overview

 

The 'big picture'

Inflammation and the host reposnse to injury - a summary presentation, and a more in-depth overview on Prezi.com.

Interesting articles:

pathophysiology of inflammation videos

animations of the inflammatory response

acute inflammation

 

The cardinal signs of acute inflammation are depicted in this cartoon. They are redness (rubor), warmth (calor), swelling (tumour), and pain (dolor). Loss of function (functio laesa) is also often included in this list of signs.


The pathophysiological basis and consequences of fever is described in this article.

This image of cellulitis clearly shows the clinical signs of redness and swelling of the left leg compared with the right. If you could examine this leg you would be able to feel that it was warm to the touch, and the patient would be able to tell you that it was painful to touch, and walk.

Other images of acutely inflamed tissues/ structures can be found here:

cells involved in inflammation

 

The principal cell involved in the acute inflammatory process is the  neutrophil , a type of white blood cell.

Interesting articles describing the functions of neutrophils include:

 

Collections of living and dead neutrophils, dead tissue debris (with or without microorganisms) is called an abscess.

 

The principal cell involved in the chronic inflammation process is the macrophage (another type of white blood cell).

Interesting articles about the functions of the macrophage include:

Neutrophils and macrophages are phagocytes - they can ingest microbes by an active process called phagocytosis (as depicted in the 'Epic Bob' video).

 

Myeloid cells - including neutrophils and monocytes/macrophages - can also participate in the inflammatory process by activation of so-called inflammasomes. Interesting articles about inflammasomes include:

 

Innate lymphoid cells and Natural killer cells are also important cellular constituents of the inflammatory process and interesting articles about these cells include:

inflammation and the cardiovascular system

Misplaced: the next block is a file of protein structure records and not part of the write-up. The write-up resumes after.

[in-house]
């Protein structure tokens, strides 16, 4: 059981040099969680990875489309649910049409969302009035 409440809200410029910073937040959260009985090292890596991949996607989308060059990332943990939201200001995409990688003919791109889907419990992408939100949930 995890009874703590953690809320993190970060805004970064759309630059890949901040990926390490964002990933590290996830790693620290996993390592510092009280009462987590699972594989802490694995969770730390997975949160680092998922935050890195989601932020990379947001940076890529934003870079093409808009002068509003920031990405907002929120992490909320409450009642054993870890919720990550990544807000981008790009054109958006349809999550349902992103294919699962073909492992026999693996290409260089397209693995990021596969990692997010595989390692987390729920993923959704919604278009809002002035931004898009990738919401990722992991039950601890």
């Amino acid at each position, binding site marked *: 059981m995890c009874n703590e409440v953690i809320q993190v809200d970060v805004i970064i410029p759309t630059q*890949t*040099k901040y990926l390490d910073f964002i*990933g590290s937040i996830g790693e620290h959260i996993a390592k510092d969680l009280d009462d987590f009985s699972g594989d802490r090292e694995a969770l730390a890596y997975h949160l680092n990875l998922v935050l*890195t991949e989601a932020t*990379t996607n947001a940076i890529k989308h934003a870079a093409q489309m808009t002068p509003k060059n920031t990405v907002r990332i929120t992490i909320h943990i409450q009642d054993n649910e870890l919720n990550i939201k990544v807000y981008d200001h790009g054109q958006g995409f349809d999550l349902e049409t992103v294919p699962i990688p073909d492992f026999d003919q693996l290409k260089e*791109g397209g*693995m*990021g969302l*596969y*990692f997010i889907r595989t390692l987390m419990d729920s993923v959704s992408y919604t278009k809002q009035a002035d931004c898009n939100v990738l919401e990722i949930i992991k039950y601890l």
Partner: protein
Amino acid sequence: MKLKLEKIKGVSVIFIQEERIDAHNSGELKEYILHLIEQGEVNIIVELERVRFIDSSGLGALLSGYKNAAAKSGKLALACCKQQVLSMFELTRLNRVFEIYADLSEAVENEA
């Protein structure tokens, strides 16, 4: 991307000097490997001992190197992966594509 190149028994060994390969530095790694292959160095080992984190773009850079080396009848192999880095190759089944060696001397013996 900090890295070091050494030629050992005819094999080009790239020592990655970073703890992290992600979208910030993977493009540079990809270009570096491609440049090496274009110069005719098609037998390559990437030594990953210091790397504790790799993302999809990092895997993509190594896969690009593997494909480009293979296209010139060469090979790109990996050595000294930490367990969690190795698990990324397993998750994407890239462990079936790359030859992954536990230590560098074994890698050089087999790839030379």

Atherosclerosis is an inflammatory process. Interesting articles on atherosclerosis, acute coronary syndromes, and the complications of this disease process include:

 

 

 

Other inflammatory conditions affecting the cardiovascular system include:

 

 

 

 

 

 

An interesting article on the possible link between inflammation and venous thrombosis can be found here (Piazza G, Ridker PM. Is venous thromboembolism a chronic inflammatory disease? Clinical Chemistry DOI: 10.1373/clinchem.2014.234088)

inflammation and the lungs

 

Pneumonia (van der Poll T, Opal SM. Pathogenesis, treatment, and prevention of pneumococcal pneumonia. The Lancet 2009; 374:1543-1556)

 

 

Inflammation in the lungs causing acute pneumonitis, and pneumonia, can follow breathing-in oral, or gastric content (and is called aspiration pneumonitis/ pneumonia).

Microscopic images of aspiration pneumonia can be found here and here. An interesting article on this topic can be found here (DiBardino DM, Wunderink RG. Aspiration pneumonia: a review of modern trends. Journal of Critical Care 2015; 30:40-48).

Viral pneumonia is discussed here (Yoo J-K, Kim TS, Hufford MM. Viral infection of the lung: host response and sequelae. Journal of Allergy and Clinical Immunology 2013; 132:1263-1276) and here (van der Sluijs KF, van der Poll T, Lutter R, Juffermans NP, Schultz MJ. Bench-to-bedside review: Bacterial pneumonia with influenza - pathogenesis and clinical implications. Critical Care 2010; 14:219).

 

inflammation, metabolic disorders and cancer

 

An interesting article on the possible links between inflammation and metabolic disroders can be found here (Hotamisligil GS. Inflammation and metabolic disorders. Nature 2006; 444:860-867).

 

 

Associations between inflammation and cancer are discussed in an article which can be found here (Mantovani A, Allavena P, Sica A, Balkwill F. Cancer-related inflammation. Nature 2008; 454:436-444).

 

sepsis - clinical definitions

 

Articles discussing new clinical definitions of sepsis include:

You might also find the following article interesting: Alverdy J, Krezalek MA. Collapse of the microbiome, emergence of the pathobiome, and the immunopathology of sepsis. Critical Care Medicine 2017; 45:337-347. The authors are critical of the term 'sepsis' (and advocate a new term, nonresolving organ dysfunction syndrome - nRODs) as well as emphasise emerging research findings relating to the role of the microbiome (and pathobiome) in critical illness.

 

Sepsis awareness videos and NHS National Early Warning Score

 

 

 

 

 sepsis pathophysiology 

 

Intersting articles:

autopsy pathology and sepsis

 

For an overview of the topic read Lucas S. The autopsy pathology of sepsis-related death (Current Diagnostic Pathology 2007; 13:375-388).

acute respiratory distress syndrome (ARDS)

 

Articles to read:

Images:

the role of the gut in driving critical illness/ organ failure?

 

Articles to read:

the community of self, iatrogenesis, and new ways of looking at sepsis

 

Articles to read:

inflammation and trauma

 

 

Articles to read (pathophysiology of trauma):

 

 

 

 

Brain injury and inflammation:

 

Thermal injury (burns) and inflammation:

 

 

oral health and systemic inflammation

 

Articles to read:

 

 

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